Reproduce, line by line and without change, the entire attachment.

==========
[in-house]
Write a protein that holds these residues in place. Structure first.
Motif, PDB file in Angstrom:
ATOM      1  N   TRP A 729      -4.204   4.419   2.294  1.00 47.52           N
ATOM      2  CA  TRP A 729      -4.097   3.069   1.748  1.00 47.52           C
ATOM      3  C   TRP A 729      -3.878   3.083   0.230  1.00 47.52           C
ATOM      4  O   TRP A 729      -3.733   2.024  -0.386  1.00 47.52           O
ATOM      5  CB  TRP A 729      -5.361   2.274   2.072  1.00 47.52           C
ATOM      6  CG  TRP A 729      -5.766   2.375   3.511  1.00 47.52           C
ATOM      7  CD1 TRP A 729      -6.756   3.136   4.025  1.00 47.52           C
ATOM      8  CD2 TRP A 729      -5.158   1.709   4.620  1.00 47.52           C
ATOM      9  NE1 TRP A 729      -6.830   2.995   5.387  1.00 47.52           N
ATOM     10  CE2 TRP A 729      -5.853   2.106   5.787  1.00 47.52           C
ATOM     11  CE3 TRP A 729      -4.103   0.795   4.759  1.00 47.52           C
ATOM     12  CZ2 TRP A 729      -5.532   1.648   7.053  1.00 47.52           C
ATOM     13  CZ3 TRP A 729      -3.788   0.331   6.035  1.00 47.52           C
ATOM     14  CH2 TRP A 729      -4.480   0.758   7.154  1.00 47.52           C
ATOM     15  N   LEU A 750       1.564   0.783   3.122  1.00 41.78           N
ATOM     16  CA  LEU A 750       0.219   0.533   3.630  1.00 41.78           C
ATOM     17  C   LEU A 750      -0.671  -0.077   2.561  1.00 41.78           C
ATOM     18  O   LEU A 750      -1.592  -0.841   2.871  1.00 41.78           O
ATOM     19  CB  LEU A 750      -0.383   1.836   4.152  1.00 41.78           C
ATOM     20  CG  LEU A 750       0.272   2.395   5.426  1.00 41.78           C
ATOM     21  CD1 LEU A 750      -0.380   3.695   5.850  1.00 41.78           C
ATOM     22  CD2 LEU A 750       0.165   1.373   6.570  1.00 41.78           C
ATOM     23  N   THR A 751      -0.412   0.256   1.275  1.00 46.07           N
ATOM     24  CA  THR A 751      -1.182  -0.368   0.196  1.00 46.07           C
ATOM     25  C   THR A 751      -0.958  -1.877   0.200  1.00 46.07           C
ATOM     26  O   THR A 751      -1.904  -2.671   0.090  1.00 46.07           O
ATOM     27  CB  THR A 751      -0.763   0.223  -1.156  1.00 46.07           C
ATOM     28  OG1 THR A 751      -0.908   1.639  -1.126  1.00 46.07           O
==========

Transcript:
[in-house]
Write a protein that holds these residues in place. Structure first.
Motif, PDB file in Angstrom:
ATOM      1  N   TRP A 729      -4.204   4.419   2.294  1.00 47.52           N
ATOM      2  CA  TRP A 729      -4.097   3.069   1.748  1.00 47.52           C
ATOM      3  C   TRP A 729      -3.878   3.083   0.230  1.00 47.52           C
ATOM      4  O   TRP A 729      -3.733   2.024  -0.386  1.00 47.52           O
ATOM      5  CB  TRP A 729      -5.361   2.274   2.072  1.00 47.52           C
ATOM      6  CG  TRP A 729      -5.766   2.375   3.511  1.00 47.52           C
ATOM      7  CD1 TRP A 729      -6.756   3.136   4.025  1.00 47.52           C
ATOM      8  CD2 TRP A 729      -5.158   1.709   4.620  1.00 47.52           C
ATOM      9  NE1 TRP A 729      -6.830   2.995   5.387  1.00 47.52           N
ATOM     10  CE2 TRP A 729      -5.853   2.106   5.787  1.00 47.52           C
ATOM     11  CE3 TRP A 729      -4.103   0.795   4.759  1.00 47.52           C
ATOM     12  CZ2 TRP A 729      -5.532   1.648   7.053  1.00 47.52           C
ATOM     13  CZ3 TRP A 729      -3.788   0.331   6.035  1.00 47.52           C
ATOM     14  CH2 TRP A 729      -4.480   0.758   7.154  1.00 47.52           C
ATOM     15  N   LEU A 750       1.564   0.783   3.122  1.00 41.78           N
ATOM     16  CA  LEU A 750       0.219   0.533   3.630  1.00 41.78           C
ATOM     17  C   LEU A 750      -0.671  -0.077   2.561  1.00 41.78           C
ATOM     18  O   LEU A 750      -1.592  -0.841   2.871  1.00 41.78           O
ATOM     19  CB  LEU A 750      -0.383   1.836   4.152  1.00 41.78           C
ATOM     20  CG  LEU A 750       0.272   2.395   5.426  1.00 41.78           C
ATOM     21  CD1 LEU A 750      -0.380   3.695   5.850  1.00 41.78           C
ATOM     22  CD2 LEU A 750       0.165   1.373   6.570  1.00 41.78           C
ATOM     23  N   THR A 751      -0.412   0.256   1.275  1.00 46.07           N
ATOM     24  CA  THR A 751      -1.182  -0.368   0.196  1.00 46.07           C
ATOM     25  C   THR A 751      -0.958  -1.877   0.200  1.00 46.07           C
ATOM     26  O   THR A 751      -1.904  -2.671   0.090  1.00 46.07           O
ATOM     27  CB  THR A 751      -0.763   0.223  -1.156  1.00 46.07           C
ATOM     28  OG1 THR A 751      -0.908   1.639  -1.126  1.00 46.07           O